Posted by Dale Buss on April 25, 2012 03:11 PM
Walmart has just been reminded about the tight connection between investor sentiment and brand reputation. Now Ford hopes to see the same effect — in reverse.
Ford got the happy news this week that Fitch raised its credit rating to "investment" grade, becoming the first debt-rating firm to return the automaker from the junk-debt status it had suffered for seven yeras.
Among the immediate benefits, investors rapidly bid up Ford bonds. This will allow Ford to borrow money less expensively.
And perhaps most important, the re-emergence of Ford debt from junk status reaffirms the lonely strategy forged by CEO Alan Mulally — alone among leaders of the Detroit Three automakers — in refraining from accepting a U.S.-government bailout after the onset of the Great Recession.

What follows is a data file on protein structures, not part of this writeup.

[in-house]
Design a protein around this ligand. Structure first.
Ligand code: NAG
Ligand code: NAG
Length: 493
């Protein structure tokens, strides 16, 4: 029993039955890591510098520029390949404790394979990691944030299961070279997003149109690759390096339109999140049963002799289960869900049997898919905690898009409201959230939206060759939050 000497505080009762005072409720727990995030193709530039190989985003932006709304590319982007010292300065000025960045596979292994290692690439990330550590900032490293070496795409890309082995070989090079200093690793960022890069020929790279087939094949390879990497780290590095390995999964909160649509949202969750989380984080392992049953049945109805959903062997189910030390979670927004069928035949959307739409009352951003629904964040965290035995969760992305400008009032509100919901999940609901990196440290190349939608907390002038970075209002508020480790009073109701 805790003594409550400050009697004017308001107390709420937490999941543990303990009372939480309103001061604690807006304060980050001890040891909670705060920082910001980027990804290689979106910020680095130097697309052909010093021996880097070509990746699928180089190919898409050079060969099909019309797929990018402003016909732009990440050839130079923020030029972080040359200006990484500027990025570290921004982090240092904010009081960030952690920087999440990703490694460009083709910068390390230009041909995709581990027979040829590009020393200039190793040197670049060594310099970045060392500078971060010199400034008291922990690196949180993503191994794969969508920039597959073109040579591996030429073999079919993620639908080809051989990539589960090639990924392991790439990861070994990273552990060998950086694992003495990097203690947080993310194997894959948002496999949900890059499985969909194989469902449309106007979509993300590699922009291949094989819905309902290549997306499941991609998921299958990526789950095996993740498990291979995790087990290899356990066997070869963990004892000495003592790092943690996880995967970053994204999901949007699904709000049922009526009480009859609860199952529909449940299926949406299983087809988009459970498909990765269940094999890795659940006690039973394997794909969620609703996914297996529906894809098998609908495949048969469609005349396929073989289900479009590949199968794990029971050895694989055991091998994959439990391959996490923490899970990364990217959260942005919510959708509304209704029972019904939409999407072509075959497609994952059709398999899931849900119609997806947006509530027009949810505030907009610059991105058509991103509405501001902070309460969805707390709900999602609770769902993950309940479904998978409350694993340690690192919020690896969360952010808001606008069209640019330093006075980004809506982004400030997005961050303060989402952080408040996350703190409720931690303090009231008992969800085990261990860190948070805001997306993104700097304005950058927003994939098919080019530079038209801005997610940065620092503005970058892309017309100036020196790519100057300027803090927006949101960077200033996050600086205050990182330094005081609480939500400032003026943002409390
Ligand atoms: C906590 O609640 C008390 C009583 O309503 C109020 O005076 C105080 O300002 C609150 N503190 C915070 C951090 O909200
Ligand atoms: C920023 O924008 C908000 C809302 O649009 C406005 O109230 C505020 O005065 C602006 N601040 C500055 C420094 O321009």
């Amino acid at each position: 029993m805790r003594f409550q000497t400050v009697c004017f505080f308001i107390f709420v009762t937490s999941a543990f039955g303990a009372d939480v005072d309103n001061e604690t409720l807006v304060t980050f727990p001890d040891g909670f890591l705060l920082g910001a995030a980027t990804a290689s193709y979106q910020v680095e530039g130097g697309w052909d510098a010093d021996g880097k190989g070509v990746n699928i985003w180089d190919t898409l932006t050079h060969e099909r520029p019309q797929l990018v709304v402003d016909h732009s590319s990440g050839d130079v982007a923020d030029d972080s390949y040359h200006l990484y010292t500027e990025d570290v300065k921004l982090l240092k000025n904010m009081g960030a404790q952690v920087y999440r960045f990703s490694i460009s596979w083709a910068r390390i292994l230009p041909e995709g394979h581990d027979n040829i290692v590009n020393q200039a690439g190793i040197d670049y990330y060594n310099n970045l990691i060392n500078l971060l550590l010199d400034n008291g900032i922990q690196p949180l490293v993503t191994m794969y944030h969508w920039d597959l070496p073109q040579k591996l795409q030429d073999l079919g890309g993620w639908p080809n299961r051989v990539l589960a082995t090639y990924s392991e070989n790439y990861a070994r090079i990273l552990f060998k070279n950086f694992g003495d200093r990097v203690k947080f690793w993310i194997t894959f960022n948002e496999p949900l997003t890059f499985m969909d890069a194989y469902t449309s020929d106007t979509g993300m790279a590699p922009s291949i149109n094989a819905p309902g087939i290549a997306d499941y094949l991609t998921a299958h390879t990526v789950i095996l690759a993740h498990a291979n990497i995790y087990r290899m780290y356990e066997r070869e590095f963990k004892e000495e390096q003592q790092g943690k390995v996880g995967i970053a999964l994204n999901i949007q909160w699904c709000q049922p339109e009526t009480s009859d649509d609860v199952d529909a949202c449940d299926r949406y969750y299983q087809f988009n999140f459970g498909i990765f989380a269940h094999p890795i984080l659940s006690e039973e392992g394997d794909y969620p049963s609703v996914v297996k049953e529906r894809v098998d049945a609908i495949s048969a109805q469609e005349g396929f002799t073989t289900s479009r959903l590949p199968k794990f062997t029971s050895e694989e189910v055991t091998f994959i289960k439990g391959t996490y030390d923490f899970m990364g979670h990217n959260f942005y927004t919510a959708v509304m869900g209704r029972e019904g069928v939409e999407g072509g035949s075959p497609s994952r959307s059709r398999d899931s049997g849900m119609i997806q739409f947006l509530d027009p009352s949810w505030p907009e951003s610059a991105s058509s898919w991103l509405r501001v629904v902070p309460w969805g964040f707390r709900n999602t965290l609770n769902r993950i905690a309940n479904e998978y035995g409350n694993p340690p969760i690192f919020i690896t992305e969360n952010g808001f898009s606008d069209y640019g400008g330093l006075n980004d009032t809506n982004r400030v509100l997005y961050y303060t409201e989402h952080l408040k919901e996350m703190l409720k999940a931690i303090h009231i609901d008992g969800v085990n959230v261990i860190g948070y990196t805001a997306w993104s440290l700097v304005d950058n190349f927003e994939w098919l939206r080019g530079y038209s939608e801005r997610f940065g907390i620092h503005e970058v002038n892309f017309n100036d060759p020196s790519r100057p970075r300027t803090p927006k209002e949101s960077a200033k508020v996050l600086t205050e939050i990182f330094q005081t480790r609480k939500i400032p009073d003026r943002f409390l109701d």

Now Ford can enjoy its new standing as the only Detroit-based automaker unburdened by a junk-bond rating on its debt.
"It is an important proof point of the continual progress the Ford team is making with our One Ford plan," said Ford CFO Bob Shanks in a statement, referencing Mulally's long-term success blueprint.
Among other aspects of the still-unfolding One Ford plan, of course, Ford has slashed labor costs and launched a raft of highly competitive new products over the last few yeras. The brand still faces huge challenges such as the contraction of the European auto market.
But if just one more of the three main credit-rating agencies raises Ford's debt a notch, the company can reach another goal that is only symbolic but is important nonetheless: getting its Blue Oval logo out of hock. Mulally pledged the iconic representation of the brand as collateral, along with other assets such as manufacturing plants, in 2006 in order to keep the company going.
Today, the Blue Oval may seem to shine brighter than ever.